Smoking Cessation in Lung Cancer
Sule Akcay* and Balam Er DedekargÄ±noglu
Baskent University Faculty of Medicine, Pulmonary Disease Department, Ankara, Turkey
- *Corresponding Author:
- Akcay S
Baskent University Faculty of Medicine
Pulmonary Disease Department, Ankara, Turkey
Tel: + 90 312 212 2912
E-mail: [email protected]
Received date: November 02, 2015; Accepted date: April 28, 2016; Published date: May 09, 2016
Citation: Akcay S, Er Dedekarginoglu B (2016) Smoking Cessation in Lung Cancer. J Lung Cancer Diagn Treat 1:105. doi:10.4172/jlcdt.1000105
Copyright: © 2016 Akcay S et al. This is an open-access article distributed under the terms of the Creative Commons Attribution License, which permits unrestricted use, distribution, and reproduction in any medium, provided the original author and source are credited.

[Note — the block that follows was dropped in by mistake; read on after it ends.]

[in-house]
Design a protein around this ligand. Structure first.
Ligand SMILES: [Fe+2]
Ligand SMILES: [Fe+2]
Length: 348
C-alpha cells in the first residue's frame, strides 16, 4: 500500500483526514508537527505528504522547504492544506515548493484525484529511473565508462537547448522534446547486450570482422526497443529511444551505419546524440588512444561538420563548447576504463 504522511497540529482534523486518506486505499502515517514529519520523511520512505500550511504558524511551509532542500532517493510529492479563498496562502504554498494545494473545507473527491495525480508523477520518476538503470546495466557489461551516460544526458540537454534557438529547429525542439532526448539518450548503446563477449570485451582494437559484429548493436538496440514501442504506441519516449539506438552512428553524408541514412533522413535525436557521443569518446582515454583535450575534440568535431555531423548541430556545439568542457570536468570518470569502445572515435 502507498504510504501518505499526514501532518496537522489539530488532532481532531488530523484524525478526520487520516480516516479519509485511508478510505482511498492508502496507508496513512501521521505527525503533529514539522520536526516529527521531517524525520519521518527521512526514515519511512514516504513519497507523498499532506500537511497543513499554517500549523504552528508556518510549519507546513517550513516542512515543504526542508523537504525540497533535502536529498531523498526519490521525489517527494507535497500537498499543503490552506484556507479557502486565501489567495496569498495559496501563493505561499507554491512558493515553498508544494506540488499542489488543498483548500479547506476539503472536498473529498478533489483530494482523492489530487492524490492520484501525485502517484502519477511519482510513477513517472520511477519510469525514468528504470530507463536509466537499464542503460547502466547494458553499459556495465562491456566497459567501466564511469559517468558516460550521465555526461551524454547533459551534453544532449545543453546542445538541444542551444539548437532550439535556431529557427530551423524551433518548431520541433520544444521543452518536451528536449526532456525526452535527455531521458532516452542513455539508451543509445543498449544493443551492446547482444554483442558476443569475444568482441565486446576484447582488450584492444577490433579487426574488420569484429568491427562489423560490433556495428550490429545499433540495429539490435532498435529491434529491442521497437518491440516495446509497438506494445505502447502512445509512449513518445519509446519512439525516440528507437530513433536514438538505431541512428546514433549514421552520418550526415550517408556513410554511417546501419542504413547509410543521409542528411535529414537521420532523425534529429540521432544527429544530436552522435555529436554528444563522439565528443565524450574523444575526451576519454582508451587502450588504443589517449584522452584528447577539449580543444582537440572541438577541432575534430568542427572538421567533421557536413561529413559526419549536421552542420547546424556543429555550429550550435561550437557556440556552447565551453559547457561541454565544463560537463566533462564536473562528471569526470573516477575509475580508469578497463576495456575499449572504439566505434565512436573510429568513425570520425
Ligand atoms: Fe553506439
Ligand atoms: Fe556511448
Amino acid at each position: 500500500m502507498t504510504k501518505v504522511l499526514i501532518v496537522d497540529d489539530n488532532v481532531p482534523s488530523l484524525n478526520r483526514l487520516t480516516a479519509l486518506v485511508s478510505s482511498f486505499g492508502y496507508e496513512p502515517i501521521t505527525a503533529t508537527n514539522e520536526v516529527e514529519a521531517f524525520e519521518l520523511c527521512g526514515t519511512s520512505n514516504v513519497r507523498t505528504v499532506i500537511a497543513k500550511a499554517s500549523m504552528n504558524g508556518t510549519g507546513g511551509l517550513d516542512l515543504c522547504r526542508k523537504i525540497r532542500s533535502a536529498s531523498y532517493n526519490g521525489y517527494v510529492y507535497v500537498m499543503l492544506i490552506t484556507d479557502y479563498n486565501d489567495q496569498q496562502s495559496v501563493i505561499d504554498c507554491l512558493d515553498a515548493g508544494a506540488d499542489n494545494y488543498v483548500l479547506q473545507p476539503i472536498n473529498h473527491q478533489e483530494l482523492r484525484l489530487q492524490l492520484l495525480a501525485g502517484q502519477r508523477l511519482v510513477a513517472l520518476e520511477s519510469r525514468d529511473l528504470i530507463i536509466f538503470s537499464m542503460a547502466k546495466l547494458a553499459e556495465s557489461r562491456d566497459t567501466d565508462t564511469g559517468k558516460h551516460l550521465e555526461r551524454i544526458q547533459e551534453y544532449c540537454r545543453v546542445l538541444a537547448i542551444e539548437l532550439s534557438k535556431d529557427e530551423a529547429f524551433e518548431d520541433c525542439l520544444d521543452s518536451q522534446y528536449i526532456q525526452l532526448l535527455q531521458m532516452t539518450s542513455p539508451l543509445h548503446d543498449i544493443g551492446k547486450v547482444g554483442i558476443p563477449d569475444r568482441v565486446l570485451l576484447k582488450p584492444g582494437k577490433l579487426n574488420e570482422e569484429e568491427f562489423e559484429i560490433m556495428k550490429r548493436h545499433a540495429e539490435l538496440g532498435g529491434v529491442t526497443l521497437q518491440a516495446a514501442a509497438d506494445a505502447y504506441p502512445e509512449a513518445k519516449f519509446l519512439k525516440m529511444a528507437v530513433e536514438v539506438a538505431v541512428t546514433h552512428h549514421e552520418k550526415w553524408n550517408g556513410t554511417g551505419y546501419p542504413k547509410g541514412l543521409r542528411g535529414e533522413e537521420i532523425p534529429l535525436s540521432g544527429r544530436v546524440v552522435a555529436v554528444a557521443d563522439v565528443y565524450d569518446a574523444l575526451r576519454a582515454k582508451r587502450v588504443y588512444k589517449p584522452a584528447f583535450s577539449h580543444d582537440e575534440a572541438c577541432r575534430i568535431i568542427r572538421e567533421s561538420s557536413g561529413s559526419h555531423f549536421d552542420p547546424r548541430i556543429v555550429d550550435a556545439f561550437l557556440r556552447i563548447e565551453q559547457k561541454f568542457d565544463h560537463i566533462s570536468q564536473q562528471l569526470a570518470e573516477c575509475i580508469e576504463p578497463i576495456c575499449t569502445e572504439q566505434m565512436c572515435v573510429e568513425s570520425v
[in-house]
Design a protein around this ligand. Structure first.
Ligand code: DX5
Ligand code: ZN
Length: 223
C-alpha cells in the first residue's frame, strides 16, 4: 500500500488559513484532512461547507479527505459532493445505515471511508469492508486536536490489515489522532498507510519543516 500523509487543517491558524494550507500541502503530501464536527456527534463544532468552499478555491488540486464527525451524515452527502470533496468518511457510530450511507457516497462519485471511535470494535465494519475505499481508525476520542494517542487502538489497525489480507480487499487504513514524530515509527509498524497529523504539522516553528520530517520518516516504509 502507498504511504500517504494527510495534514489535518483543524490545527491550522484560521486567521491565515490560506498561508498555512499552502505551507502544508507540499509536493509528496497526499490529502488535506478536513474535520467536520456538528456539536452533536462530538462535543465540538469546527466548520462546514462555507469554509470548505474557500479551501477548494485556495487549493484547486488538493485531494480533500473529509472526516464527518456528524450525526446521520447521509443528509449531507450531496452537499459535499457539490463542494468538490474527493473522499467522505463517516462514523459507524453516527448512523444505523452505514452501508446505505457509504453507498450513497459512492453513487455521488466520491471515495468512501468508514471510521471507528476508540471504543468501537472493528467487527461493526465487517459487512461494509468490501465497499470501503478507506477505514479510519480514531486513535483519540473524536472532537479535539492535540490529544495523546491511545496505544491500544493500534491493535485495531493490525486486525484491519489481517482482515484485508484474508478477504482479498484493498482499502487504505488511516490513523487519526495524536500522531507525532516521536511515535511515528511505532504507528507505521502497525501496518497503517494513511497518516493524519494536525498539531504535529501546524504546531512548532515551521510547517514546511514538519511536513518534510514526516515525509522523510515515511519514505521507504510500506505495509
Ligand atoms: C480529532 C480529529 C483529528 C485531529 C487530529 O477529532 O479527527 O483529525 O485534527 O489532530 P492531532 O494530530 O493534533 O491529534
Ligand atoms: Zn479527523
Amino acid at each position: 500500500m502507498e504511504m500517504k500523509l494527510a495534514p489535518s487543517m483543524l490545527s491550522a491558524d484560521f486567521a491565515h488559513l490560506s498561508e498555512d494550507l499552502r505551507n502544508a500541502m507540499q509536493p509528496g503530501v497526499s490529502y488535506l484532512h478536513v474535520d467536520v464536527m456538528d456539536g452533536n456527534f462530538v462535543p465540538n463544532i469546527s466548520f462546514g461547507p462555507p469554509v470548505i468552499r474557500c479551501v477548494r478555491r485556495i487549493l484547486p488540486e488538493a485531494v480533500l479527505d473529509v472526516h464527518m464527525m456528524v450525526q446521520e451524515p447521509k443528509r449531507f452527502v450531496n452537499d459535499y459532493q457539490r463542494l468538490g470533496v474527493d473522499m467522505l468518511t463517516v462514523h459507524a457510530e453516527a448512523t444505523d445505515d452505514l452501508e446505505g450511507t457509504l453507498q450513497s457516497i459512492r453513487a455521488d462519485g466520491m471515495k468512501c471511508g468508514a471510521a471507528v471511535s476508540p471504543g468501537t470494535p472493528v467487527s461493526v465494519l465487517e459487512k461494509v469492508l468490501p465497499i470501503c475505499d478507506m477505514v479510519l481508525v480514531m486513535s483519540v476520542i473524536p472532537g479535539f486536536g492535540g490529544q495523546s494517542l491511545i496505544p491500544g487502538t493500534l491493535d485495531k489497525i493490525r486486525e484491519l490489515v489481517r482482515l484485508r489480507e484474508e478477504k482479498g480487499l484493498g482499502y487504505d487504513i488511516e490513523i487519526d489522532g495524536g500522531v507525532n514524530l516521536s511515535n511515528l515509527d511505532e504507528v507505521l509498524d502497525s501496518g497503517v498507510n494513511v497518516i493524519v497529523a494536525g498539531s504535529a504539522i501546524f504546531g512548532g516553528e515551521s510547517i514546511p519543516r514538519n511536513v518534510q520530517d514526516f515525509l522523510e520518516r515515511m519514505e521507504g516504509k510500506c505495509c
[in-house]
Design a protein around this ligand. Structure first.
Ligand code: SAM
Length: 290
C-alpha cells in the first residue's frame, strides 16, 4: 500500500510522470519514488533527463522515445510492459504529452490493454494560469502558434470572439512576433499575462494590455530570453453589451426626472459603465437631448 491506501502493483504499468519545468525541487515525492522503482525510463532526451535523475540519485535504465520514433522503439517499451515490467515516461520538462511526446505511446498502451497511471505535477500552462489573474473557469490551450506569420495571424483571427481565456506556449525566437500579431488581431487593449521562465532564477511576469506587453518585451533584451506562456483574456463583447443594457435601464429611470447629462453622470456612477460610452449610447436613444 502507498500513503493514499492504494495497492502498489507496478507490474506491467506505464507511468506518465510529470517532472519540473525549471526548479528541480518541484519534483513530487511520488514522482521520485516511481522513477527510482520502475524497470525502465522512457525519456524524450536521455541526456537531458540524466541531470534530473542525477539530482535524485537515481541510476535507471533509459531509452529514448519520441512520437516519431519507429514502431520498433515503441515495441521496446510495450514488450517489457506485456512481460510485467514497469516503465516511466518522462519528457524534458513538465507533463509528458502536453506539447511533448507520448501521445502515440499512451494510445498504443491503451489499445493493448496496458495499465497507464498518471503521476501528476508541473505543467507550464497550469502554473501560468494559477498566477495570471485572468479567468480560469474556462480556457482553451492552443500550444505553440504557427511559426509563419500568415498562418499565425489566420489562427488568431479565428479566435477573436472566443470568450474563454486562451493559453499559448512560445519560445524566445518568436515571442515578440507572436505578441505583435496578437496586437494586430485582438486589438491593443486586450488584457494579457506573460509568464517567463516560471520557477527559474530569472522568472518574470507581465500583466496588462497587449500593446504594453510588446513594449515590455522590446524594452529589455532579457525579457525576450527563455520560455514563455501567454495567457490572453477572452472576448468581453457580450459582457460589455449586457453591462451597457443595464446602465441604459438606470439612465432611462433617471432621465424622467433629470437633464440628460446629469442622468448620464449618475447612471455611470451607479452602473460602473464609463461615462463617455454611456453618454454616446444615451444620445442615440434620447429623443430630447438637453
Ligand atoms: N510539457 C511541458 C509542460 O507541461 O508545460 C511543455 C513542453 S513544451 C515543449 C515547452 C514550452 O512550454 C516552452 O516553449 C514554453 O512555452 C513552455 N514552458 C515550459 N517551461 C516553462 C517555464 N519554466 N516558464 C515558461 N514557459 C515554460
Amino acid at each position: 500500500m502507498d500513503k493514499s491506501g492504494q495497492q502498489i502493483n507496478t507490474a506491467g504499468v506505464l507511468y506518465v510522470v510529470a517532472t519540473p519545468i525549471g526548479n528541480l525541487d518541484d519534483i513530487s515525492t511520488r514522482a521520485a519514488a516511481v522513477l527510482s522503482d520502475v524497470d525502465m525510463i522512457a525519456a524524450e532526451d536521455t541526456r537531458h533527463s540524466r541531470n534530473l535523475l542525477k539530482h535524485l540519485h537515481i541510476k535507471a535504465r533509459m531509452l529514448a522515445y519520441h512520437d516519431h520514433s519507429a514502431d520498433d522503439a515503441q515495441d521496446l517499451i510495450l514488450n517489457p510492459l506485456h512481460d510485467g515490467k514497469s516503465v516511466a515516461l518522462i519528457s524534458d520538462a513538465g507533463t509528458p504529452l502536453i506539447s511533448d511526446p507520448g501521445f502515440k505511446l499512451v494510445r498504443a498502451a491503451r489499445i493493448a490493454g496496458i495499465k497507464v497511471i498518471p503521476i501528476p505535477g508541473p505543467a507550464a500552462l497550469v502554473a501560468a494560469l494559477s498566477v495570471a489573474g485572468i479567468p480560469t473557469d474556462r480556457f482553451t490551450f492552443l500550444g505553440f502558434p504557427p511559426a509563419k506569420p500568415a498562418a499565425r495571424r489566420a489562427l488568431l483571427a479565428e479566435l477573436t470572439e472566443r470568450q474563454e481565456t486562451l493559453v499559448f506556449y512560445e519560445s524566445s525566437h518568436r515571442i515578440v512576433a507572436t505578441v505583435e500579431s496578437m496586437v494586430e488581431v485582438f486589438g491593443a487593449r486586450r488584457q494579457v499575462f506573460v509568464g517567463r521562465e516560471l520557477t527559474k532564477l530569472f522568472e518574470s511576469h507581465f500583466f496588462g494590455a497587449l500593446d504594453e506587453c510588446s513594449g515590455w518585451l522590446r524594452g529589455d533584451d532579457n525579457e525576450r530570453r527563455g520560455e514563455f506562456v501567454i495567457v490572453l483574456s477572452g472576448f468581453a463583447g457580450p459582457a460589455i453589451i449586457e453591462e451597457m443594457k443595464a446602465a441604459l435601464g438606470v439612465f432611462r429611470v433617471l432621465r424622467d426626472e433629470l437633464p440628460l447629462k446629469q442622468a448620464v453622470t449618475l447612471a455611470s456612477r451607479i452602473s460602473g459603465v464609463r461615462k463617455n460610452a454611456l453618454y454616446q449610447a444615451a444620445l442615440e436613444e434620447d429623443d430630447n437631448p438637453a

The greatest risk factor for lung cancer is smoking. Smoking addiction is one of the challenging problems that should be solved in lung cancer patients. Including lung cancer, in cancer patients, quitting smoking has several benefits. However, implementation of smoking cessation clinics in oncology practices is inadequate and many lung cancer patients still smoke despite cancer diagnosis. Multidisciplinary lung cancer treatment programs offer effective smoking cessation services. This article reviews the best practice recommendations of tobacco addiction treatment for oncology patients in multidisciplinary practice.